Recommendations on NIH Conflicts of Interest Inadequate, Lawmakers Say at House Subcommittee Hearing
A report released last week by the NIH Blue Ribbon Committee on Conflict of Interest Policies "fell short of what was needed" to reform agency policies on the amount and form of compensation that high-level employees can receive from pharmaceutical and biotechnology companies, lawmakers said on Wednesday at a House Energy and Commerce Subcommittee on Oversight and Investigations hearing, the Los Angeles Times reports (Willman, Los Angeles Times, 5/13). The NIH committee was formed in response to a Los Angeles Times article published in December that found evidence of hundreds of consulting payments -- often hidden from the public -- to a number of NIH officials. In January, NIH Director Elias Zerhouni told the Senate Appropriations Subcommittee on Labor, Health and Human Services and Education that the NIH committee would investigate allegations of conflicts of interest among NIH employees who received consulting payments and stock options from pharmaceutical companies. Last Thursday, the NIH committee released a 109-page report that called for stricter conflict-of-interest policies for high-level NIH employees. The committee -- co-chaired by Bruce Alberts, president of the National Academy of Sciences, and Norman Augustine, retired chair of Lockheed Martin -- recommended a ban on paid consultancies for high-level NIH employees and payments of stock or stock options for all NIH employees, as well as public disclosure of income reports for high-level NIH employees, among other recommendations (California Healthline, 5/7). However, at the hearing on Wednesday, lawmakers said that the recommendations were inadequate and warned that they "might take action if more comprehensive reforms are not instituted soon," the Washington Post reports (Weiss, Washington Post, 5/13).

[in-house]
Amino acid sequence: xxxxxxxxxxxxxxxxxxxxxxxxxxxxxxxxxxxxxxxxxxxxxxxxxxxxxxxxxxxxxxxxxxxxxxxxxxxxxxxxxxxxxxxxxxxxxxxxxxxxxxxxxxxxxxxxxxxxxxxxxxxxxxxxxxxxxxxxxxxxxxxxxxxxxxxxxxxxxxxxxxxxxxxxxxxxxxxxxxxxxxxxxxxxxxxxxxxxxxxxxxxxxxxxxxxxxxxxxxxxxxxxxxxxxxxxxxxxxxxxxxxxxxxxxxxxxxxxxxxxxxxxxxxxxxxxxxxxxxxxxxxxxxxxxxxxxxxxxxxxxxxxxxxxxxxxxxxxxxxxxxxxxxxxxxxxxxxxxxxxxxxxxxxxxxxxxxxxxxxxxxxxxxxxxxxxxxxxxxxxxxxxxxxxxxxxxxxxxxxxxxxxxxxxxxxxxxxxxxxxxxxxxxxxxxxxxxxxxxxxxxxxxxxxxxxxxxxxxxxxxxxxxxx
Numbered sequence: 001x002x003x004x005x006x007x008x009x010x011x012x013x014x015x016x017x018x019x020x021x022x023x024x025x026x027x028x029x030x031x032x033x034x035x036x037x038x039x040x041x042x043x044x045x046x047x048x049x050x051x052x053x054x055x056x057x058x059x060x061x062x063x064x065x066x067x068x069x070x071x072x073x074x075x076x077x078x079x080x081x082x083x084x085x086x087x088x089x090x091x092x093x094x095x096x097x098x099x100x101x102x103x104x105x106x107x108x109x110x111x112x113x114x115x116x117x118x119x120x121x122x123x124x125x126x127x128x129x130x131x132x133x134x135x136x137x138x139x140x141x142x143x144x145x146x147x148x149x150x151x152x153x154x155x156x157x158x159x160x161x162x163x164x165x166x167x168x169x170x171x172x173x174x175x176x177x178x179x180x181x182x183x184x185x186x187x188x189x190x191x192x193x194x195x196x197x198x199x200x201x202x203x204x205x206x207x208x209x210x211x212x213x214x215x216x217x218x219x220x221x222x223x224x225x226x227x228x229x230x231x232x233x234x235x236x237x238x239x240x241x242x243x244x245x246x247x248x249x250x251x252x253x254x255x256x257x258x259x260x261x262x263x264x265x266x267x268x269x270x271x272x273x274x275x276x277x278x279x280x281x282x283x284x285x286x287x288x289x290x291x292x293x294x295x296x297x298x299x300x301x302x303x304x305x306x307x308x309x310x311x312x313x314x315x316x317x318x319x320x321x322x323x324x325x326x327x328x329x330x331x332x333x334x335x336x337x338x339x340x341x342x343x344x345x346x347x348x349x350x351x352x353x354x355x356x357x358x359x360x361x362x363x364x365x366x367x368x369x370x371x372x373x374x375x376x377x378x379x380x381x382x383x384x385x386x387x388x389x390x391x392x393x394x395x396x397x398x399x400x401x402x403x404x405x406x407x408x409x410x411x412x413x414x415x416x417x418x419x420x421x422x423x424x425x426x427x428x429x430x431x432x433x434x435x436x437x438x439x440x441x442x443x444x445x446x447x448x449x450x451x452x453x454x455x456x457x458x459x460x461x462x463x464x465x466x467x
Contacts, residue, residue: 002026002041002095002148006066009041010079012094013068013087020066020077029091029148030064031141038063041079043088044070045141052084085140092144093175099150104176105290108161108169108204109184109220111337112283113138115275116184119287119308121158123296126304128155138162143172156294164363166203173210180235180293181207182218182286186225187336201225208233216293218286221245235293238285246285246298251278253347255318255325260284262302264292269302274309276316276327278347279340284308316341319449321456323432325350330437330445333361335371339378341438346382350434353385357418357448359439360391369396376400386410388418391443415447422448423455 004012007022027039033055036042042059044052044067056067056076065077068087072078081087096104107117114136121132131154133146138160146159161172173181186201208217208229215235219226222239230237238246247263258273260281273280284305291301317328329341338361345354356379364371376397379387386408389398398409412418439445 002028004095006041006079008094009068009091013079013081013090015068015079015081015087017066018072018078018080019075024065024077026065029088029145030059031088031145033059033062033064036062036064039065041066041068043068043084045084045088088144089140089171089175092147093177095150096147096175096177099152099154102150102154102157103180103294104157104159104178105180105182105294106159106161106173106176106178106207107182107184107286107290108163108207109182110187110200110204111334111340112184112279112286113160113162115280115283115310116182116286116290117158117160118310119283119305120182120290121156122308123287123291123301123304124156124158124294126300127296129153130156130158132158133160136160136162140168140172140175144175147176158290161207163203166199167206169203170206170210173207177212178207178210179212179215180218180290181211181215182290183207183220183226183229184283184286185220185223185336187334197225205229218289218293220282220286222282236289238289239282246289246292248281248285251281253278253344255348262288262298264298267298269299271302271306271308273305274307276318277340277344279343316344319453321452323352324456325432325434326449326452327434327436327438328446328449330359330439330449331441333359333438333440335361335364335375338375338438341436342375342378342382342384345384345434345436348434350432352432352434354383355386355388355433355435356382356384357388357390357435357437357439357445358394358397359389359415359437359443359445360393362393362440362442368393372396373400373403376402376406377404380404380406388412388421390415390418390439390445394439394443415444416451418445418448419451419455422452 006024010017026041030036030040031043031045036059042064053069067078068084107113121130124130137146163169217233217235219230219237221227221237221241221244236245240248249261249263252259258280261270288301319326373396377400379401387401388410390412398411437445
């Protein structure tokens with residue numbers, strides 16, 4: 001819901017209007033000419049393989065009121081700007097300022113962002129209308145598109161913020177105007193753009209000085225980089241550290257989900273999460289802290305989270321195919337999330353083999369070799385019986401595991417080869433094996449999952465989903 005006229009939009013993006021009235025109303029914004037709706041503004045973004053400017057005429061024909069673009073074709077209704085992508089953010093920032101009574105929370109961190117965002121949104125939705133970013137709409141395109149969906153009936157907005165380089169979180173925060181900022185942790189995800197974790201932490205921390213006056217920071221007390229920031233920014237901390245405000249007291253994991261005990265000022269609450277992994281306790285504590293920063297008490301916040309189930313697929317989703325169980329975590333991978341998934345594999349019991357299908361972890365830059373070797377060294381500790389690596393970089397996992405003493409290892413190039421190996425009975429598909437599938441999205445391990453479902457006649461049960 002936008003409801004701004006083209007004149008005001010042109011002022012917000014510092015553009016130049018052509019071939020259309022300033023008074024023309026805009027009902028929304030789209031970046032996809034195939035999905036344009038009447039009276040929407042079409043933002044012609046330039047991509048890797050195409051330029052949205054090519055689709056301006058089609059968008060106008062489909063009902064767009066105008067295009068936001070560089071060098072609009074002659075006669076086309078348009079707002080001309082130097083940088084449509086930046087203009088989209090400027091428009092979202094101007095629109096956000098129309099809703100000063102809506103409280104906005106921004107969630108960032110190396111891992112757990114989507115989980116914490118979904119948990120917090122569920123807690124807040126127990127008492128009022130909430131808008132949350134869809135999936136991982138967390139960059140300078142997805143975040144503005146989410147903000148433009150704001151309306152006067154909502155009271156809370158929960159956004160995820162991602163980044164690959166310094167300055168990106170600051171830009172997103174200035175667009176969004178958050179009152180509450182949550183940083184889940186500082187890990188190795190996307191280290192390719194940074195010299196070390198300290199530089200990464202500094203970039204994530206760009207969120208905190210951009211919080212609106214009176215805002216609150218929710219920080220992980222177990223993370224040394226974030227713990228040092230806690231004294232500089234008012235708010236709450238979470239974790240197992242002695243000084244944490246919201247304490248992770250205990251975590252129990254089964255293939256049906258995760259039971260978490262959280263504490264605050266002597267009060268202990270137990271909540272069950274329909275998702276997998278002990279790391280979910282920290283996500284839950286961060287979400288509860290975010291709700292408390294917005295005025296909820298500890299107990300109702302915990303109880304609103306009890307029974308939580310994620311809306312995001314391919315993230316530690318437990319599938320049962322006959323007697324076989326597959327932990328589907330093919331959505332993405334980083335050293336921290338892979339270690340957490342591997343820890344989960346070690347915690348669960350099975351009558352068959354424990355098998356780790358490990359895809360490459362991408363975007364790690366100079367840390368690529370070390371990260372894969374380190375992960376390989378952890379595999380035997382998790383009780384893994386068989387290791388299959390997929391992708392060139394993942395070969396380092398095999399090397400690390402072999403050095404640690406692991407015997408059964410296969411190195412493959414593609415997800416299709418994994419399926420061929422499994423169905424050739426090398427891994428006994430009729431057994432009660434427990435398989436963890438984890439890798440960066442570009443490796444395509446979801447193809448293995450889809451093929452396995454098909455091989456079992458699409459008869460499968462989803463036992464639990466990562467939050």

Rep. Peter Deutsch (D-Fla.) said that the NIH committee "blatantly refused to consider the most important facts," adding, "The panel apparently felt compelled to base its recommendations on their misplaced need to excuse the inexcusable." Deutsch asked Zerhouni "in the strongest possible terms to end the practice today of NIH researchers taking anything of value from a drug or biotech company." He added that current and former NIH leaders "have encouraged the option of corruption" and that HHS attorneys have helped block public disclosure of payments to NIH employees. Rep. Jim Greenwood (R-Pa.), chair of the subcommittee, said, "It is clear from the cases we have reviewed that some NIH scientists are either close to the line (of propriety) or have crossed the line. This has been a persistent problem at NIH for years ... because of a deliberate, permissive attitude." Rep. John Dingell (D-Mich.) said, "Unfortunately, certain scientists have been trusted to determine when their personal financial involvement with drug and biotech companies poses a conflict of interest with their responsibilities to the public. And those scientists have not been subject to rigorous review or full disclosure. ... The secret purchase of information and influence must stop." Rep. Henry Waxman (D-Calif.) added, "Americans need to know that when NIH reaches a conclusion, that conclusion is based on hard evidence and the scientific method. We need to act now to impose appropriate conflict-of-interest standards so that America and the global scientific community can continue trusting in NIH" (Los Angeles Times, 5/13). According to House Energy and Commerce Committee Chair Joe Barton (R-Texas), HHS rules under which NIH "scientists are not required to disclose their outside arrangements to the agency" are "likely to end," CongressDaily reports (Rovner, CongressDaily, 5/13).